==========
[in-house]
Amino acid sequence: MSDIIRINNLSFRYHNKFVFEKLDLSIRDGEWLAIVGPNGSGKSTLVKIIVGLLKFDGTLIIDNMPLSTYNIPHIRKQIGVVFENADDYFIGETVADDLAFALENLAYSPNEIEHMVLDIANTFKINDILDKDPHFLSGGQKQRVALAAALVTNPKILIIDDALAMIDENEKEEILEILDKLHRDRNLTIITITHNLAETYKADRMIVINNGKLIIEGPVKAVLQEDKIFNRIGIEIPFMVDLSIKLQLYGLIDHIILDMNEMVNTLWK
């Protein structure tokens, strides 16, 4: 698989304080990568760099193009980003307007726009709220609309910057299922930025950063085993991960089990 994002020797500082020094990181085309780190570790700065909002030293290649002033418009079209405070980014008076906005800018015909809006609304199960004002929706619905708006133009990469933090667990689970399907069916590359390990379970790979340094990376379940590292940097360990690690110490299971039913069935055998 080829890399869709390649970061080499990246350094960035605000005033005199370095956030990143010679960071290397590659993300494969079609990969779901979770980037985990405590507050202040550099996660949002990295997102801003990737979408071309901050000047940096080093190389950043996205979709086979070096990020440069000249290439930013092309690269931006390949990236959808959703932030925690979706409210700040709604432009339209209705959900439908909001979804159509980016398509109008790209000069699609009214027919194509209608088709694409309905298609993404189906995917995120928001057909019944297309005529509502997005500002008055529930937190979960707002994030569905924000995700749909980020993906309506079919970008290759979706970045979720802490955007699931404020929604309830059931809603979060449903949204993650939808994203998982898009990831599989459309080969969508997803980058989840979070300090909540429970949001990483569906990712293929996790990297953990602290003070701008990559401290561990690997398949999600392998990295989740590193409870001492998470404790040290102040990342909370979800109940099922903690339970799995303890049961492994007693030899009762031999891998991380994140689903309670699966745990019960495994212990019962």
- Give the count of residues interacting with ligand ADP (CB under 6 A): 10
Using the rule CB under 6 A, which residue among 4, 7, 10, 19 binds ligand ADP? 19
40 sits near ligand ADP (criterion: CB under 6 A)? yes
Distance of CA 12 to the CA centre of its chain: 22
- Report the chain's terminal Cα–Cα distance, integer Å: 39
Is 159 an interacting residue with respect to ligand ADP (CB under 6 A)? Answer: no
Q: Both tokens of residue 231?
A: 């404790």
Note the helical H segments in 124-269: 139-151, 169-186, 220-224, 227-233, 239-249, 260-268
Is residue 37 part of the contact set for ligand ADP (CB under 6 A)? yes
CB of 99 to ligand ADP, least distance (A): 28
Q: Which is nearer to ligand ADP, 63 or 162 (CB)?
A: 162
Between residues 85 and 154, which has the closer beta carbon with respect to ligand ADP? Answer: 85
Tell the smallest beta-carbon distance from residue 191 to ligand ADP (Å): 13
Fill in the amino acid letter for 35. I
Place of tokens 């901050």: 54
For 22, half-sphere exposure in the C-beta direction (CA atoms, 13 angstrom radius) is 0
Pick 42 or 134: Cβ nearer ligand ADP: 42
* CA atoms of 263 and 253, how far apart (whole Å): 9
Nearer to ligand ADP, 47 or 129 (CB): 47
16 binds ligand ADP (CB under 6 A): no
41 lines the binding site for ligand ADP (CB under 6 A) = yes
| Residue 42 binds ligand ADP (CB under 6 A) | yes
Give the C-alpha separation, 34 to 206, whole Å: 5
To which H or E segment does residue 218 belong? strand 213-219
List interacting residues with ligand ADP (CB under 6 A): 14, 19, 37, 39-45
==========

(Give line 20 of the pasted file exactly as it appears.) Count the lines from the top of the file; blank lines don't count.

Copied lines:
Place of tokens 């901050």: 54